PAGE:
3. Data Acquisition and Manipulation

Learn how to connect various data sources to the UMH and format data into the UMH data model.

The United Manufacturing Hub excels in its ability to integrate diverse data sources and standardize data into a unified model, enabling seamless integration of existing data infrastructure for analysis and processing.

Currently, data sources can be connected to the UMH through Benthos for OPC UA and Node-RED for other types.

The UMH includes 3 pre-configured data simulators for testing connections:

Connect OPC UA Data Sources

OPC UA, often complex, can be streamlined using our Benthos-based OPC UA connector accessible from the Management Console.

Create a Connection with the Management Console

After logging into the Management Console and selecting your instance, navigate to the Connection Management tab, where you’ll find all your connections alongside their status.

Connection Management
Connection Management

Uninitialized Connections are established but not yet configured as data sources, while Initialized Connections are fully configured.

The health status reflects the UMH-data source connection, not data transmission status.

To add a new connection, click Add Connection. Currently, we only provide two type of connections:

  • OPC-UA Server: represents a connection to an OPC-UA server.
  • n/a: represents a generic asset (useful for connections we don’t support yet).

Enter the required server details, which include the unique name and address with the format ip:port. Optionally, you can also attach some notes to the connection, which can be useful for documentation purposes.

For testing with the OPC UA simulator, select the OPC-UA Server type and use the following address:

united-manufacturing-hub-opcuasimulator-service:46010

Connection Details
Connection Details

Test the connection, and if successful, click Add Connection to save and deploy it.

Initialize the Connection

Back at Connection Management, your new connection should be listed in the table, and surely you’ll notice that it’s health is reported as Not configured.

At this point, it’s worth discussing what initializing a connection means and why it’s important.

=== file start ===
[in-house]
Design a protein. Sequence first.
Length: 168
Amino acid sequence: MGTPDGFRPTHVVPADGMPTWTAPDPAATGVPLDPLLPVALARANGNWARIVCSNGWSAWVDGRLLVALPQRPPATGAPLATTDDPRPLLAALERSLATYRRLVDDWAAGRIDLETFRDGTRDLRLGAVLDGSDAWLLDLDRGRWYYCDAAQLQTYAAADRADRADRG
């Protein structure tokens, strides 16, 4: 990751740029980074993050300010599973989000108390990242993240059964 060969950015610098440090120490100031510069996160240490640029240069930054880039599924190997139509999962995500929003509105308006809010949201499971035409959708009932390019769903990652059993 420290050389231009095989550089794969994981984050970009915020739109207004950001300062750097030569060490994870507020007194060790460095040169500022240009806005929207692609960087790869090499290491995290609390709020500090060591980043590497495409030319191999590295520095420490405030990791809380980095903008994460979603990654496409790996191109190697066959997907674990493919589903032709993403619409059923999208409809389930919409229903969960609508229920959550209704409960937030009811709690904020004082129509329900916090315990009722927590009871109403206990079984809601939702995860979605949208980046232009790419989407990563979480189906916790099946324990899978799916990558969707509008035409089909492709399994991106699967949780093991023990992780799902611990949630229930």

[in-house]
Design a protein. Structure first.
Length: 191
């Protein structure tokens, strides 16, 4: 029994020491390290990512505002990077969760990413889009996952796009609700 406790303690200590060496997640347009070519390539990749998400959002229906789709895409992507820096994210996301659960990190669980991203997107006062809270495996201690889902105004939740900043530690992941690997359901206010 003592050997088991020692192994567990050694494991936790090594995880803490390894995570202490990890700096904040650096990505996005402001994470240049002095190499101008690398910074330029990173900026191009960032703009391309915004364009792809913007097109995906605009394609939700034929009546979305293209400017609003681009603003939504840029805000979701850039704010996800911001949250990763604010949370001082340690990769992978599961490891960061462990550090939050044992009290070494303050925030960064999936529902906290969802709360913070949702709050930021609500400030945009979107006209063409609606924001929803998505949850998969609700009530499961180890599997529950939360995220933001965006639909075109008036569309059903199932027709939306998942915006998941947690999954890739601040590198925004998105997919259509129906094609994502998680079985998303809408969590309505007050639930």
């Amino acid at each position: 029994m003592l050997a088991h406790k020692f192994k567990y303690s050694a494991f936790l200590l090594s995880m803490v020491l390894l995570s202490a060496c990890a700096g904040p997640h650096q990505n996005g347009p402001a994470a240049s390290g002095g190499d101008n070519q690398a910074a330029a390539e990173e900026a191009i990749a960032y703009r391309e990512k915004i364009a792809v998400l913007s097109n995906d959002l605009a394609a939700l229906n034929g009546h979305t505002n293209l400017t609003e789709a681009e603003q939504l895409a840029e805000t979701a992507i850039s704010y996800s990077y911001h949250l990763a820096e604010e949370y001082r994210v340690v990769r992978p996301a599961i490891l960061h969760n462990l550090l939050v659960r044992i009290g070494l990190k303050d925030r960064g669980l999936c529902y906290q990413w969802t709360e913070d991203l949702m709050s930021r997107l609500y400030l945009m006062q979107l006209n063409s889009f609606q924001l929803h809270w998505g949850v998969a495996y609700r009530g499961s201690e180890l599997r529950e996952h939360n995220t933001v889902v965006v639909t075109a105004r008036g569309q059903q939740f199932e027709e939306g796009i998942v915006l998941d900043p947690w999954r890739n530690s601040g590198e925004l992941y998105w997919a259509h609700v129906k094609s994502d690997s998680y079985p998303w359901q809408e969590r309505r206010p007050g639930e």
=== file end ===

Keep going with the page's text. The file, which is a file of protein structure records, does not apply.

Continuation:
New connections are created in an “uninitialized” state, meaning they are not yet configured as data sources, hence the Not configured health status. So for them to be actually useful, they need to be initialized, which will fully configure them as data sources and create a new Benthos deployment for data publishing to the UMH Kafka broker.

Initialize the connection by pressing the “play” button under the Actions column.

Initialize Connection
Initialize Connection

Enter authentication details (use Anonymous for no authentication, as with the OPC UA simulator).

Specify OPC UA nodes to subscribe to in a yaml file, following the ISA95 standard:

  nodes:
    - opcuaID: ns=2;s=Pressure
      enterprise: pharma-genix
      site: aachen
      area: packaging
      line: packaging_1
      workcell: blister
      originID: PLC13
      tagName: machineState
      schema: _historian

Mandatory fields are opcuaID, enterprise, tagName and schema.

Learn more about Data Modeling in the Unified Namespace in the Learning Hub.

Review and confirm the nodes, then proceed with initialization. Successful initialization will be indicated by a green message.

The connection’s health status should now be marked as Healthy and display the current message rate. You can also check the tooltip for more details.

Connection Management
Connection Management

Connect MQTT Servers

There are a lot of options to connect an MQTT server to the UMH. For this guide, we’ll use Node-RED to connect to the MQTT simulator and format data into the UMH data model.

To access Node-RED’s web interface, navigate to:

http://<instance-ip-address>:1880/nodered

Replace <instance-ip-address> with your UMH instance’s IP. Ensure you’re on the same network for access.

Add the MQTT Connection

In Node-RED, find the mqtt-in node from the node palette and drag it into your flow. Double-click to configure and click the pencil button next to the Server field.

Enter your MQTT broker’s details:

  • Server: united-manufacturing-hub-mqtt
  • Port: 1883

For the purpose of this guide, we’ll use the UMH MQTT broker, even though the data coming from it is already bridged to Kafka by the MQTT Kafka Bridge. Since the simulated data is using the old Data Model, we’ll use Node-RED to convert it to the new Data Model.

Click Add to save.

Connect MQTT to Node-RED
Connect MQTT to Node-RED

Define the subscription topic. For example, ia/raw/development/ioTSensors/Temperature is used by the MQTT Simulator.

To test, link a debug node to the mqtt-in node and deploy. Open the debug pane by clicking on the bug icon on the top right of the screen to view messages from the broker.

MQTT Debug Connection
MQTT Debug Connection

Explore Unified Namespace for details on topic structuring.

Format Incoming Messages

Use a function node to format raw data. Connect it to the mqtt-in node and paste this script: